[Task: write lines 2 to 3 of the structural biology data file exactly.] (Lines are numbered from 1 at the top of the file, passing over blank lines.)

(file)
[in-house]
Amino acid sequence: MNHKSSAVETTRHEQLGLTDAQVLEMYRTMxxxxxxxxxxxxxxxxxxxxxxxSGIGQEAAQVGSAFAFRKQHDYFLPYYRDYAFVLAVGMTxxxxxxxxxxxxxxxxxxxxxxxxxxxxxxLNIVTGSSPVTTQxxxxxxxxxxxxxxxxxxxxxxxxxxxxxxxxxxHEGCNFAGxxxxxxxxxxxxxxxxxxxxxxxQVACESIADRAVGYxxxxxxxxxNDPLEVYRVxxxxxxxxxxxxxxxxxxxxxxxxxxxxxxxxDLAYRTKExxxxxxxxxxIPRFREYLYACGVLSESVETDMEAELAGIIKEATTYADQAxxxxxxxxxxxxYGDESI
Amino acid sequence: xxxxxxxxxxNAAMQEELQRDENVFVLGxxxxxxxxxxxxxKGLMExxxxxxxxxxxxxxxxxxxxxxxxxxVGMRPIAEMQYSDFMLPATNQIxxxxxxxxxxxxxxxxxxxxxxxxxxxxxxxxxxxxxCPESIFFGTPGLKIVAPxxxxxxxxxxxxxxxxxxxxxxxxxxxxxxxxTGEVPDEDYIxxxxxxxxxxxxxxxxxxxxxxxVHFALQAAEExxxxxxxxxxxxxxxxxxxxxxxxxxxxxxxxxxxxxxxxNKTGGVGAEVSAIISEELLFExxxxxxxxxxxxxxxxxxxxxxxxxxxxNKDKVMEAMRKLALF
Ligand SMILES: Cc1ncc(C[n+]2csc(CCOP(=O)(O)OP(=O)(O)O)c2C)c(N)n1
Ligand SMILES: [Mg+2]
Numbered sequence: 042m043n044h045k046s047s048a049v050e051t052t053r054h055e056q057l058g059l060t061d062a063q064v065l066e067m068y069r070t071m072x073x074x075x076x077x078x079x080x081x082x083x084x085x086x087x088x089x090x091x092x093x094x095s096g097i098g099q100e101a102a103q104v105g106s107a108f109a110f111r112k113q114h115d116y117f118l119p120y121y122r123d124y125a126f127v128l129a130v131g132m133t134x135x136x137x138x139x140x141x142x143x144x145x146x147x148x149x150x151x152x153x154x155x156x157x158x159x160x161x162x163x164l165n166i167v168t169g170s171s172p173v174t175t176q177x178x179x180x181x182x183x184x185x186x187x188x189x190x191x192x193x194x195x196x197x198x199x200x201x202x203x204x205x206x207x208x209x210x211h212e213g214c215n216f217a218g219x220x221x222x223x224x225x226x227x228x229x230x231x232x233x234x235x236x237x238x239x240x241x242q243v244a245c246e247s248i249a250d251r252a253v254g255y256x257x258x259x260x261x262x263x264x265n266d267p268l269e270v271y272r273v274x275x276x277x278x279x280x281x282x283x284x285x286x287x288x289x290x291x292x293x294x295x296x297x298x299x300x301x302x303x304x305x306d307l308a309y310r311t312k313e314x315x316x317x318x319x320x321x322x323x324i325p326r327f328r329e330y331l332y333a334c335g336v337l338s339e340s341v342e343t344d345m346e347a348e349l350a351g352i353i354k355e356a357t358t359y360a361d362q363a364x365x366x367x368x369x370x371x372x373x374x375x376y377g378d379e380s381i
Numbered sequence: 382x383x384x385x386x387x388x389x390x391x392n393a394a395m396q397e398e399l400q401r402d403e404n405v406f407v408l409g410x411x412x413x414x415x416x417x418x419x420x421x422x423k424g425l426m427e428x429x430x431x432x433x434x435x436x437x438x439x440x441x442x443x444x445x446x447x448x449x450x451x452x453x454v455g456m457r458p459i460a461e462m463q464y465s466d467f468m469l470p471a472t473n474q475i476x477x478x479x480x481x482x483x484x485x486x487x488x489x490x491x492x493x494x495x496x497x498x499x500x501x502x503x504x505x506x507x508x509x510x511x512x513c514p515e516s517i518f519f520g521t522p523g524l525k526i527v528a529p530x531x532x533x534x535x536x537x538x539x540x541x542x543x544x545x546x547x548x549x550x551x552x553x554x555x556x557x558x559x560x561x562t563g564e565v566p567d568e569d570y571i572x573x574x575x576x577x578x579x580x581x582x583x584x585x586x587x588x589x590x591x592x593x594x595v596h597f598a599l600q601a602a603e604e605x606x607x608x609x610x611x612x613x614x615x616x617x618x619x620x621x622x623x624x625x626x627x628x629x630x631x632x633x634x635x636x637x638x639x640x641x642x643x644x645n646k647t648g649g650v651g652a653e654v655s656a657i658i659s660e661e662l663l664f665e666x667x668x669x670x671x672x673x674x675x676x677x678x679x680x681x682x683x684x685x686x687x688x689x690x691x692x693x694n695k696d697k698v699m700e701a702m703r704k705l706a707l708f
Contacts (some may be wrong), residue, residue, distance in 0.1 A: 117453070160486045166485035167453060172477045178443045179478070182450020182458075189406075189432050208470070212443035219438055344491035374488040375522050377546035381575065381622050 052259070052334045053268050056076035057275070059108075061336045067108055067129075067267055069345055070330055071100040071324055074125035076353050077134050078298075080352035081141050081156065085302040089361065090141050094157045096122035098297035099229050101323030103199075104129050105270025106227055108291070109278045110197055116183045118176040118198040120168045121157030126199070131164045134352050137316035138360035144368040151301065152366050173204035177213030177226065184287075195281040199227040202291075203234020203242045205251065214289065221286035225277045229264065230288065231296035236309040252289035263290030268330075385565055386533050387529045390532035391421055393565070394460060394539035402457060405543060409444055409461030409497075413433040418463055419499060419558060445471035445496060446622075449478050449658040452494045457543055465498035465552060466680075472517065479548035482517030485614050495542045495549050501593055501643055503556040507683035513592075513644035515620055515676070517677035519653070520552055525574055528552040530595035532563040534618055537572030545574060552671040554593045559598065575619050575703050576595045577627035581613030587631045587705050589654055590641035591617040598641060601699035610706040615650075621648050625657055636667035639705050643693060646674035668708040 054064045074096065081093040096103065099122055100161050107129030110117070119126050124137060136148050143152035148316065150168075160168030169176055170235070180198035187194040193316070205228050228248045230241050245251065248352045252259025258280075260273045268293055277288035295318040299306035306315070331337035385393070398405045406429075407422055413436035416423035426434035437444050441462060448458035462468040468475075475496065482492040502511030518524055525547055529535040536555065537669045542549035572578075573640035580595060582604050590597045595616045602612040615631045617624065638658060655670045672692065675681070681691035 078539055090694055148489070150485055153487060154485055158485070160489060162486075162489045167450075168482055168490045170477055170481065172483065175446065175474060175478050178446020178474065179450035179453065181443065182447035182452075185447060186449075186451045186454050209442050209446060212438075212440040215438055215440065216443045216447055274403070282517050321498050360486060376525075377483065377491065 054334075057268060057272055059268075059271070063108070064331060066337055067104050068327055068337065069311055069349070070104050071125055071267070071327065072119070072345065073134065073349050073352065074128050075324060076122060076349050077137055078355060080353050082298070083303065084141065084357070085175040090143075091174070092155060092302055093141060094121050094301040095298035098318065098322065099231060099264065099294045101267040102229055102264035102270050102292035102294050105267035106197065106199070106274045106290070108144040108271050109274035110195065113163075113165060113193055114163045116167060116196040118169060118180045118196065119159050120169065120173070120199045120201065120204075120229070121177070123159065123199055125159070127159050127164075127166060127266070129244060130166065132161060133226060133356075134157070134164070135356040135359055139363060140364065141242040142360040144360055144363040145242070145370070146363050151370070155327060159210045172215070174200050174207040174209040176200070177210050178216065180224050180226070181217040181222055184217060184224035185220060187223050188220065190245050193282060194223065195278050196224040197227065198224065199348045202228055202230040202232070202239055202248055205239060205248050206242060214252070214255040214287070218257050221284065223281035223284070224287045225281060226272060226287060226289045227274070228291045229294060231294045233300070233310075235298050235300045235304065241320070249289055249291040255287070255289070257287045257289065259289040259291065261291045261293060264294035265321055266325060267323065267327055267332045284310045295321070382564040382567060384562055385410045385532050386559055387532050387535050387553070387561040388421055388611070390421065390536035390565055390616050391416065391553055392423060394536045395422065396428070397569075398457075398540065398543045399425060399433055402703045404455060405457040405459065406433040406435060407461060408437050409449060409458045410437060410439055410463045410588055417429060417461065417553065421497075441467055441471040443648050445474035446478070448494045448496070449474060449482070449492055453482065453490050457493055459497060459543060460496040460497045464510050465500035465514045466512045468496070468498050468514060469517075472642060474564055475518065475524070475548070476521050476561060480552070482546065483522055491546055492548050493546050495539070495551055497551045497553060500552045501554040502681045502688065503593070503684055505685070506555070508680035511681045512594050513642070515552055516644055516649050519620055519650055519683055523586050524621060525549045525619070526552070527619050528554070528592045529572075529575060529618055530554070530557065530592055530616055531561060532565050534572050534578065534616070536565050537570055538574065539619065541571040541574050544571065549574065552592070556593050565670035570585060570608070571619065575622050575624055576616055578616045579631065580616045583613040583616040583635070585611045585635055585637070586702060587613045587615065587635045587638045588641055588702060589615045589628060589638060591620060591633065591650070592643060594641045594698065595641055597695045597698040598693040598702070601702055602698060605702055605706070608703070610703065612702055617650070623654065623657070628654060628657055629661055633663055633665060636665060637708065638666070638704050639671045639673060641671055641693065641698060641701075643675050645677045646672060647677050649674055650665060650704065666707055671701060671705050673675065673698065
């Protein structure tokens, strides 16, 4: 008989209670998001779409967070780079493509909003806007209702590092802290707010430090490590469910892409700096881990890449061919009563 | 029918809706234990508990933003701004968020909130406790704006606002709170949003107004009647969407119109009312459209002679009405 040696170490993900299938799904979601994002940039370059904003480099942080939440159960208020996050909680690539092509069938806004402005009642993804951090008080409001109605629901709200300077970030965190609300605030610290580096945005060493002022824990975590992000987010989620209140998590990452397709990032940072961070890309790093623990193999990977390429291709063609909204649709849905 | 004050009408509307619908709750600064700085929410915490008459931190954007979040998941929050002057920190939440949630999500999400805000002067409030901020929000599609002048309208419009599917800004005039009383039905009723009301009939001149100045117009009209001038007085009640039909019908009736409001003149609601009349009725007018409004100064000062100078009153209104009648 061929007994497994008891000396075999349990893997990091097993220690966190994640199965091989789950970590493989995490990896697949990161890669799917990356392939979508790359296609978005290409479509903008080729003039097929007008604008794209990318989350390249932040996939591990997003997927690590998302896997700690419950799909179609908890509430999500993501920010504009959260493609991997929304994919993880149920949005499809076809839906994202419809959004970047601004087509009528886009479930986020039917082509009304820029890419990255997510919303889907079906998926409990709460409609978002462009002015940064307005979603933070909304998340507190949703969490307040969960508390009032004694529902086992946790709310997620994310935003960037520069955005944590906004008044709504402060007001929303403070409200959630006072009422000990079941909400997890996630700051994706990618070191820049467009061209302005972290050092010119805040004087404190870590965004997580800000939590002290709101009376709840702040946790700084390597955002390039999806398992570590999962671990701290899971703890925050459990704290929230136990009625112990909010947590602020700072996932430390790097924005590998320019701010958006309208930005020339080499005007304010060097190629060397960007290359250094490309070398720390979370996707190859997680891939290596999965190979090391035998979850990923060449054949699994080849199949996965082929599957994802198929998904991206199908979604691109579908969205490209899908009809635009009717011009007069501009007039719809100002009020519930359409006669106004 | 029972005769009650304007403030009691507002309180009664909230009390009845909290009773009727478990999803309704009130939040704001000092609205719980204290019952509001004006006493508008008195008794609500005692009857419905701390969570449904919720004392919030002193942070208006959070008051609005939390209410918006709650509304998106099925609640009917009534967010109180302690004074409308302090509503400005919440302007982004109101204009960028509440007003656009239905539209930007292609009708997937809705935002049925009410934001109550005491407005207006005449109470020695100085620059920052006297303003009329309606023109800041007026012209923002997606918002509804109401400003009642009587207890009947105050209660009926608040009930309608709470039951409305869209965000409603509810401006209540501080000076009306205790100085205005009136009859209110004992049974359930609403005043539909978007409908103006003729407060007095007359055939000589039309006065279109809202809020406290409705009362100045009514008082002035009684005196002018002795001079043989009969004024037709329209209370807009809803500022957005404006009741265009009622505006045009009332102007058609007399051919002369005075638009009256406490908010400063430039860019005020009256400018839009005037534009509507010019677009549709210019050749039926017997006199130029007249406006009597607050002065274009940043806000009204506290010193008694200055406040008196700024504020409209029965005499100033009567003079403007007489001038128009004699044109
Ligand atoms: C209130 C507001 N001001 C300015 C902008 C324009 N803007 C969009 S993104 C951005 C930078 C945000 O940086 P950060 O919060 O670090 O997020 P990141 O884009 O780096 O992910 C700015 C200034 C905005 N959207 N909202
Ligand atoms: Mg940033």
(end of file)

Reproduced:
Amino acid sequence: MNHKSSAVETTRHEQLGLTDAQVLEMYRTMxxxxxxxxxxxxxxxxxxxxxxxSGIGQEAAQVGSAFAFRKQHDYFLPYYRDYAFVLAVGMTxxxxxxxxxxxxxxxxxxxxxxxxxxxxxxLNIVTGSSPVTTQxxxxxxxxxxxxxxxxxxxxxxxxxxxxxxxxxxHEGCNFAGxxxxxxxxxxxxxxxxxxxxxxxQVACESIADRAVGYxxxxxxxxxNDPLEVYRVxxxxxxxxxxxxxxxxxxxxxxxxxxxxxxxxDLAYRTKExxxxxxxxxxIPRFREYLYACGVLSESVETDMEAELAGIIKEATTYADQAxxxxxxxxxxxxYGDESI
Amino acid sequence: xxxxxxxxxxNAAMQEELQRDENVFVLGxxxxxxxxxxxxxKGLMExxxxxxxxxxxxxxxxxxxxxxxxxxVGMRPIAEMQYSDFMLPATNQIxxxxxxxxxxxxxxxxxxxxxxxxxxxxxxxxxxxxxCPESIFFGTPGLKIVAPxxxxxxxxxxxxxxxxxxxxxxxxxxxxxxxxTGEVPDEDYIxxxxxxxxxxxxxxxxxxxxxxxVHFALQAAEExxxxxxxxxxxxxxxxxxxxxxxxxxxxxxxxxxxxxxxxNKTGGVGAEVSAIISEELLFExxxxxxxxxxxxxxxxxxxxxxxxxxxxNKDKVMEAMRKLALF